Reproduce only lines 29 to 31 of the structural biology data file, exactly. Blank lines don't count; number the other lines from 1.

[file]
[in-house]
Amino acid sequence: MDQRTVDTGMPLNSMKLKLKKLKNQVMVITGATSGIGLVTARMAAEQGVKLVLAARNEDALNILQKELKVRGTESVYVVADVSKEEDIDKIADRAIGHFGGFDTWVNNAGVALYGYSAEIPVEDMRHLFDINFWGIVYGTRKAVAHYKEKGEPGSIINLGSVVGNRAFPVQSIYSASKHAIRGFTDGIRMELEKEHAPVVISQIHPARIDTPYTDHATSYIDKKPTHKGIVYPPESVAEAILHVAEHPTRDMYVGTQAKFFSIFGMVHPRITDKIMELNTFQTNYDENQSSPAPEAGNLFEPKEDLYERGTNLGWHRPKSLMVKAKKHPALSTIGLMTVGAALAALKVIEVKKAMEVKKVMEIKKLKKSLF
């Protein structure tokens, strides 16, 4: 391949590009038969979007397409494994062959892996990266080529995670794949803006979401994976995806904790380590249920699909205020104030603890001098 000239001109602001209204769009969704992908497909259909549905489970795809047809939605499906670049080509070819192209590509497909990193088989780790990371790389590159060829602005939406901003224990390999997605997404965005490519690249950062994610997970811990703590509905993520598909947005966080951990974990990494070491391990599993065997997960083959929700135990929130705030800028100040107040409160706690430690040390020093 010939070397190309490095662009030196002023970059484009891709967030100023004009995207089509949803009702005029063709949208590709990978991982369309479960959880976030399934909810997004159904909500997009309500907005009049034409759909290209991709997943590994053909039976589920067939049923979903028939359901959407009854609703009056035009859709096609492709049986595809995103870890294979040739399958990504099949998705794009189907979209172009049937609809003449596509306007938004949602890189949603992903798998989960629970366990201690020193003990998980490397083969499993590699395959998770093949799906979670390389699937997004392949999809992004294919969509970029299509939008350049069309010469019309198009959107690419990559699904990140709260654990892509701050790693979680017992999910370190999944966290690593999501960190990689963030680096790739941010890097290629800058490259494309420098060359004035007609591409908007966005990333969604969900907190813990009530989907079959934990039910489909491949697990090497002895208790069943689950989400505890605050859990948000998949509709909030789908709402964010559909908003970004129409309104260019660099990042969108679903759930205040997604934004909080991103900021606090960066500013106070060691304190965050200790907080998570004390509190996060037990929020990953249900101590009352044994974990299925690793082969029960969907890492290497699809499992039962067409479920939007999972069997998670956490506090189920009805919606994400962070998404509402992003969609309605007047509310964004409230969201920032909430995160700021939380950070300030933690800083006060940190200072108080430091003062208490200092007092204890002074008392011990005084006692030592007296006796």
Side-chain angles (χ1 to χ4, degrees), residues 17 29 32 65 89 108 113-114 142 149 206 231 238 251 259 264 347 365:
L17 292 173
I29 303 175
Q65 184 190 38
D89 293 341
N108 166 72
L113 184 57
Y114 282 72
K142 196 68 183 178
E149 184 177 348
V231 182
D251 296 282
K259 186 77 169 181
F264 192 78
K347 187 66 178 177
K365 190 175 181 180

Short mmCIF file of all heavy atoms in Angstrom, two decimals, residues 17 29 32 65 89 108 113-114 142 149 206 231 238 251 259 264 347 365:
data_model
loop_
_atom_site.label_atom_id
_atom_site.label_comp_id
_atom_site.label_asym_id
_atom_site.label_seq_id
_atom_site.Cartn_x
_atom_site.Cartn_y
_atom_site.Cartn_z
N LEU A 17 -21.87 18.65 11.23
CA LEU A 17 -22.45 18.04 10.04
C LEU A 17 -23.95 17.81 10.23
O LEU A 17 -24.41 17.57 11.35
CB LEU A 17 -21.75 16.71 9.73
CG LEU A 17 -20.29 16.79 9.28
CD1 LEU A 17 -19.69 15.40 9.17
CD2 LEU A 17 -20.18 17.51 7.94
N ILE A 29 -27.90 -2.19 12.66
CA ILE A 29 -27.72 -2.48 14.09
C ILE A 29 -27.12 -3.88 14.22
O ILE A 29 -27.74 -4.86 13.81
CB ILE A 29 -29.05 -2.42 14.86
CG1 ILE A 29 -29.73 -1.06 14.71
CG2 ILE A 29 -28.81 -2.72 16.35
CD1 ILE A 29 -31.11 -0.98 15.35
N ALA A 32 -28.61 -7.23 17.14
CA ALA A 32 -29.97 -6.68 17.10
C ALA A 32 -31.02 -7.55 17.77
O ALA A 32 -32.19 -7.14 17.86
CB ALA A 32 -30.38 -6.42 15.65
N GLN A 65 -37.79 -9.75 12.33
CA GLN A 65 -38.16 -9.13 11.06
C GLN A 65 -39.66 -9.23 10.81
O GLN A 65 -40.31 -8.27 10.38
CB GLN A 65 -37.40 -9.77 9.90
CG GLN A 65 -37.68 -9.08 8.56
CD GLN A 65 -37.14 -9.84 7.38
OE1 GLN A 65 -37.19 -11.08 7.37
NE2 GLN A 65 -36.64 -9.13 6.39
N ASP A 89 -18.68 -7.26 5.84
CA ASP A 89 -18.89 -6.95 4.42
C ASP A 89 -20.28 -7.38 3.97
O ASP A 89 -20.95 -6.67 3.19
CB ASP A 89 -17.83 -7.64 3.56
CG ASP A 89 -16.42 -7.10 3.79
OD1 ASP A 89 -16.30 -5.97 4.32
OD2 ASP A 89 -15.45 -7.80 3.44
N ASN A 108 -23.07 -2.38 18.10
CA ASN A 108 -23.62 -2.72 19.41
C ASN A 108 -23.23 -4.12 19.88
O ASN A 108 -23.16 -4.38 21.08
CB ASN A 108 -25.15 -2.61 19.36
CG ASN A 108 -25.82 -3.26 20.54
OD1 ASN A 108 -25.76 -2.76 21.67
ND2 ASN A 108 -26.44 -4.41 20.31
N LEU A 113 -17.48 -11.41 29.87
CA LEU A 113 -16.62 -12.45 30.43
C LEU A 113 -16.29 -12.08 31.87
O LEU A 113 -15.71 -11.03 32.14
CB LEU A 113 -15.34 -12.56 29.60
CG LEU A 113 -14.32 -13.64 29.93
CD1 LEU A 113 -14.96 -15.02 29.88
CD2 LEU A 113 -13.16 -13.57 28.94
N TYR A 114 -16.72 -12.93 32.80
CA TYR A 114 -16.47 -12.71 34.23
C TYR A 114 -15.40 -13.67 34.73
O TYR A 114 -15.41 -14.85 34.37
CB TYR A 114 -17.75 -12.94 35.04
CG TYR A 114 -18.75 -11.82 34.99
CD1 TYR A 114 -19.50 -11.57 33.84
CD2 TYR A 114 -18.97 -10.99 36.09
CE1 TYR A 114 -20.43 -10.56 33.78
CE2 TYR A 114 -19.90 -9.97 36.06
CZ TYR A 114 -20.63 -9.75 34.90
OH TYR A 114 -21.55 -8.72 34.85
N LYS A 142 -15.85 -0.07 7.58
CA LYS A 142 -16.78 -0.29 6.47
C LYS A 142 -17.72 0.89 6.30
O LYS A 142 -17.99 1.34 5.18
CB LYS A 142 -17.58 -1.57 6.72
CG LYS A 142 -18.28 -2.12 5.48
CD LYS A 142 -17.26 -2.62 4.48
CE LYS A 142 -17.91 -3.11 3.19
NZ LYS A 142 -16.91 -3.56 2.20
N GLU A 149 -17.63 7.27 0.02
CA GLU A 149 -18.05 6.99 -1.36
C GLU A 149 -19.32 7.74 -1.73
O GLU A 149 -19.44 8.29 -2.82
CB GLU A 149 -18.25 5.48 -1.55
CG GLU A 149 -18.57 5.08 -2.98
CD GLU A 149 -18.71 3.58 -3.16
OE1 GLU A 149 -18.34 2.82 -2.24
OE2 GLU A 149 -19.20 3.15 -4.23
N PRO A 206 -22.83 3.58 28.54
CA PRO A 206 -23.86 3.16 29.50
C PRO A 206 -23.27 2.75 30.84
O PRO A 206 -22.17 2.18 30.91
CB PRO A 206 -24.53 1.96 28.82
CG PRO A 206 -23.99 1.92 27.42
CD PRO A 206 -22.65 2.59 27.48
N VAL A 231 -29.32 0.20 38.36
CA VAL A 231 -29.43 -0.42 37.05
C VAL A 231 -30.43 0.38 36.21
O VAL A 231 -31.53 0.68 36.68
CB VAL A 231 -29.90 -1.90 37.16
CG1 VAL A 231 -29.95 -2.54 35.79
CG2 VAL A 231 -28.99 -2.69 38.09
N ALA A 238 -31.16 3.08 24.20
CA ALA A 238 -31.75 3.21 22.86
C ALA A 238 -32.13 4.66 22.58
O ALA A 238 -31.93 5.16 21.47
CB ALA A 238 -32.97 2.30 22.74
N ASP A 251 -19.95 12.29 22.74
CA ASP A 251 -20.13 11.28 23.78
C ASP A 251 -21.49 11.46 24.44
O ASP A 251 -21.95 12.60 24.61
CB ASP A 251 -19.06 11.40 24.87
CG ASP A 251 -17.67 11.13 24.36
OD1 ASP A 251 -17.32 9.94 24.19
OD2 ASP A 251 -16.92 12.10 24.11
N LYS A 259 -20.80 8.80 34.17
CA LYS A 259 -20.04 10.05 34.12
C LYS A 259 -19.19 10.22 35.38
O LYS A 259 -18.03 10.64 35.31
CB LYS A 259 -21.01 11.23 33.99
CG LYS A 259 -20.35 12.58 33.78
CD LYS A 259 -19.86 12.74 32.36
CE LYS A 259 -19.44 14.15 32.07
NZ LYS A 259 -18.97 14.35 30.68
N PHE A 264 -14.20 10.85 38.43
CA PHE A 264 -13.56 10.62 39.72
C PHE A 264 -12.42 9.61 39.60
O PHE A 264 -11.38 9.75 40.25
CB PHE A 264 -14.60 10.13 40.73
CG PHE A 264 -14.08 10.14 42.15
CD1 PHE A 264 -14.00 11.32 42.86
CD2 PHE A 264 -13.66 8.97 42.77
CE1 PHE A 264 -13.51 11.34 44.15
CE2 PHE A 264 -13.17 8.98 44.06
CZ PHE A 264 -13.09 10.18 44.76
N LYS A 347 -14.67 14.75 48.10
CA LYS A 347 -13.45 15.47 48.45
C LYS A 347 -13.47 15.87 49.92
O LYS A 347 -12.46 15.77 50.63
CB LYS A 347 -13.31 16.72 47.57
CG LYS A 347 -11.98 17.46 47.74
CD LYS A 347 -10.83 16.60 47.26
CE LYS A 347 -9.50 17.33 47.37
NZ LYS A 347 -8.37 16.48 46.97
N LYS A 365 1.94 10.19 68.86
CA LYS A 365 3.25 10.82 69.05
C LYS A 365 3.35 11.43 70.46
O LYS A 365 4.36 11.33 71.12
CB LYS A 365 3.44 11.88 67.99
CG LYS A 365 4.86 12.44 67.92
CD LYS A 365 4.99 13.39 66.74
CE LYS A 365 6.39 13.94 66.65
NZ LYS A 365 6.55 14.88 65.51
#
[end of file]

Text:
_atom_site.Cartn_z
N LEU A 17 -21.87 18.65 11.23
CA LEU A 17 -22.45 18.04 10.04